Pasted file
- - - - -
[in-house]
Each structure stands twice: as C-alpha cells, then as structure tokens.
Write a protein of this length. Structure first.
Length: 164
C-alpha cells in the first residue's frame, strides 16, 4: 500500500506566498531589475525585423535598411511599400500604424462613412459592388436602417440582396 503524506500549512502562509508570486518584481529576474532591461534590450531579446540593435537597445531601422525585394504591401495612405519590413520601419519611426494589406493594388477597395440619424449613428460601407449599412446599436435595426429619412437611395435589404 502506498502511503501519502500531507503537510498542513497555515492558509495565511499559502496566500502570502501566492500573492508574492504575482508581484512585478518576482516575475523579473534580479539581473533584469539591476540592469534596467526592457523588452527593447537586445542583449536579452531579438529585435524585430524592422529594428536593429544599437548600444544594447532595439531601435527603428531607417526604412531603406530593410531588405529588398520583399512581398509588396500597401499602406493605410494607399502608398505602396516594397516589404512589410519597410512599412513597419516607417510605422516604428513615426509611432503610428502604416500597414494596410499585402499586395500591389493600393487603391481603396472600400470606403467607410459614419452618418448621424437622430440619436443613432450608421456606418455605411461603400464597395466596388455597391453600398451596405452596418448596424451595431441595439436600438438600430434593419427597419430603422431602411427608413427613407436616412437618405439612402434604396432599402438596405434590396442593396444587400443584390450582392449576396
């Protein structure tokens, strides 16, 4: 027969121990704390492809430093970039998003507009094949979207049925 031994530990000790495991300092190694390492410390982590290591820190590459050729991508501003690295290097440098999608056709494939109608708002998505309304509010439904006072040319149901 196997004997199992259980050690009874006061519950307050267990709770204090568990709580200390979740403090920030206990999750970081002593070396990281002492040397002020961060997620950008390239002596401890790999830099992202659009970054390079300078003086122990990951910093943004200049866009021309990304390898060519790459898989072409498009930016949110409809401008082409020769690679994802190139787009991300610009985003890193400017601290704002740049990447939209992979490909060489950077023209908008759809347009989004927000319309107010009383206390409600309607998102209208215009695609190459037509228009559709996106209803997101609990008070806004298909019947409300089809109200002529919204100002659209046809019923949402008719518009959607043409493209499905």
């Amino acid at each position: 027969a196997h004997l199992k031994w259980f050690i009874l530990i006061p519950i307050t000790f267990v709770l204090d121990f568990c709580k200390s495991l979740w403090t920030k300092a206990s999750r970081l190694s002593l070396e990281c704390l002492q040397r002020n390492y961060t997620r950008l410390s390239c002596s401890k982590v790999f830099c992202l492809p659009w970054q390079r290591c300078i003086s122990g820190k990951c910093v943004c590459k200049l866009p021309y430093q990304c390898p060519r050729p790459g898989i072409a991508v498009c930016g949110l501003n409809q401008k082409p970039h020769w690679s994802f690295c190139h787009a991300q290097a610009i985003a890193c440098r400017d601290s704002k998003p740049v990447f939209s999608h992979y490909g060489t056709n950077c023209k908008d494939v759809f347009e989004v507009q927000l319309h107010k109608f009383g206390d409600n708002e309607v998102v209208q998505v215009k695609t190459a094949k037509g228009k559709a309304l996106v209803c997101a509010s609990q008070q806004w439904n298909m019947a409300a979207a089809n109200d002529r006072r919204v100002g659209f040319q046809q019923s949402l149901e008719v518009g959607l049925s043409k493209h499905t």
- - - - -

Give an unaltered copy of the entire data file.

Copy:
[in-house]
Each structure stands twice: as C-alpha cells, then as structure tokens.
Write a protein of this length. Structure first.
Length: 164
C-alpha cells in the first residue's frame, strides 16, 4: 500500500506566498531589475525585423535598411511599400500604424462613412459592388436602417440582396 503524506500549512502562509508570486518584481529576474532591461534590450531579446540593435537597445531601422525585394504591401495612405519590413520601419519611426494589406493594388477597395440619424449613428460601407449599412446599436435595426429619412437611395435589404 502506498502511503501519502500531507503537510498542513497555515492558509495565511499559502496566500502570502501566492500573492508574492504575482508581484512585478518576482516575475523579473534580479539581473533584469539591476540592469534596467526592457523588452527593447537586445542583449536579452531579438529585435524585430524592422529594428536593429544599437548600444544594447532595439531601435527603428531607417526604412531603406530593410531588405529588398520583399512581398509588396500597401499602406493605410494607399502608398505602396516594397516589404512589410519597410512599412513597419516607417510605422516604428513615426509611432503610428502604416500597414494596410499585402499586395500591389493600393487603391481603396472600400470606403467607410459614419452618418448621424437622430440619436443613432450608421456606418455605411461603400464597395466596388455597391453600398451596405452596418448596424451595431441595439436600438438600430434593419427597419430603422431602411427608413427613407436616412437618405439612402434604396432599402438596405434590396442593396444587400443584390450582392449576396
């Protein structure tokens, strides 16, 4: 027969121990704390492809430093970039998003507009094949979207049925 031994530990000790495991300092190694390492410390982590290591820190590459050729991508501003690295290097440098999608056709494939109608708002998505309304509010439904006072040319149901 196997004997199992259980050690009874006061519950307050267990709770204090568990709580200390979740403090920030206990999750970081002593070396990281002492040397002020961060997620950008390239002596401890790999830099992202659009970054390079300078003086122990990951910093943004200049866009021309990304390898060519790459898989072409498009930016949110409809401008082409020769690679994802190139787009991300610009985003890193400017601290704002740049990447939209992979490909060489950077023209908008759809347009989004927000319309107010009383206390409600309607998102209208215009695609190459037509228009559709996106209803997101609990008070806004298909019947409300089809109200002529919204100002659209046809019923949402008719518009959607043409493209499905």
């Amino acid at each position: 027969a196997h004997l199992k031994w259980f050690i009874l530990i006061p519950i307050t000790f267990v709770l204090d121990f568990c709580k200390s495991l979740w403090t920030k300092a206990s999750r970081l190694s002593l070396e990281c704390l002492q040397r002020n390492y961060t997620r950008l410390s390239c002596s401890k982590v790999f830099c992202l492809p659009w970054q390079r290591c300078i003086s122990g820190k990951c910093v943004c590459k200049l866009p021309y430093q990304c390898p060519r050729p790459g898989i072409a991508v498009c930016g949110l501003n409809q401008k082409p970039h020769w690679s994802f690295c190139h787009a991300q290097a610009i985003a890193c440098r400017d601290s704002k998003p740049v990447f939209s999608h992979y490909g060489t056709n950077c023209k908008d494939v759809f347009e989004v507009q927000l319309h107010k109608f009383g206390d409600n708002e309607v998102v209208q998505v215009k695609t190459a094949k037509g228009k559709a309304l996106v209803c997101a509010s609990q008070q806004w439904n298909m019947a409300a979207a089809n109200d002529r006072r919204v100002g659209f040319q046809q019923s949402l149901e008719v518009g959607l049925s043409k493209h499905t």